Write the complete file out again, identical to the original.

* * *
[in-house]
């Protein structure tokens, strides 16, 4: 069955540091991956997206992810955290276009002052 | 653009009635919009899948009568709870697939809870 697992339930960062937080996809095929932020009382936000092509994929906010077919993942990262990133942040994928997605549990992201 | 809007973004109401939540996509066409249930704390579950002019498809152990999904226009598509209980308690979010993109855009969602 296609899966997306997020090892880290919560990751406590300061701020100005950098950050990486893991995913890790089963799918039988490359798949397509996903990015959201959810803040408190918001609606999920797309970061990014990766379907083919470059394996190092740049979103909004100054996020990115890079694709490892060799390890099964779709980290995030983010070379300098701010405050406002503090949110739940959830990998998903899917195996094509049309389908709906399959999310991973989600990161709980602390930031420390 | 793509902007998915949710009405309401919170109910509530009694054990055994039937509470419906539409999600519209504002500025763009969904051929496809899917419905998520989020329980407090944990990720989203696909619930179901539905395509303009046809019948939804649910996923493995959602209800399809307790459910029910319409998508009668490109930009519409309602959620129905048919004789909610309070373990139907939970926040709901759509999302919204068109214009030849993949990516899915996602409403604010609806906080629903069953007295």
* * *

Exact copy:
[in-house]
């Protein structure tokens, strides 16, 4: 069955540091991956997206992810955290276009002052 | 653009009635919009899948009568709870697939809870 697992339930960062937080996809095929932020009382936000092509994929906010077919993942990262990133942040994928997605549990992201 | 809007973004109401939540996509066409249930704390579950002019498809152990999904226009598509209980308690979010993109855009969602 296609899966997306997020090892880290919560990751406590300061701020100005950098950050990486893991995913890790089963799918039988490359798949397509996903990015959201959810803040408190918001609606999920797309970061990014990766379907083919470059394996190092740049979103909004100054996020990115890079694709490892060799390890099964779709980290995030983010070379300098701010405050406002503090949110739940959830990998998903899917195996094509049309389908709906399959999310991973989600990161709980602390930031420390 | 793509902007998915949710009405309401919170109910509530009694054990055994039937509470419906539409999600519209504002500025763009969904051929496809899917419905998520989020329980407090944990990720989203696909619930179901539905395509303009046809019948939804649910996923493995959602209800399809307790459910029910319409998508009668490109930009519409309602959620129905048919004789909610309070373990139907939970926040709901759509999302919204068109214009030849993949990516899915996602409403604010609806906080629903069953007295």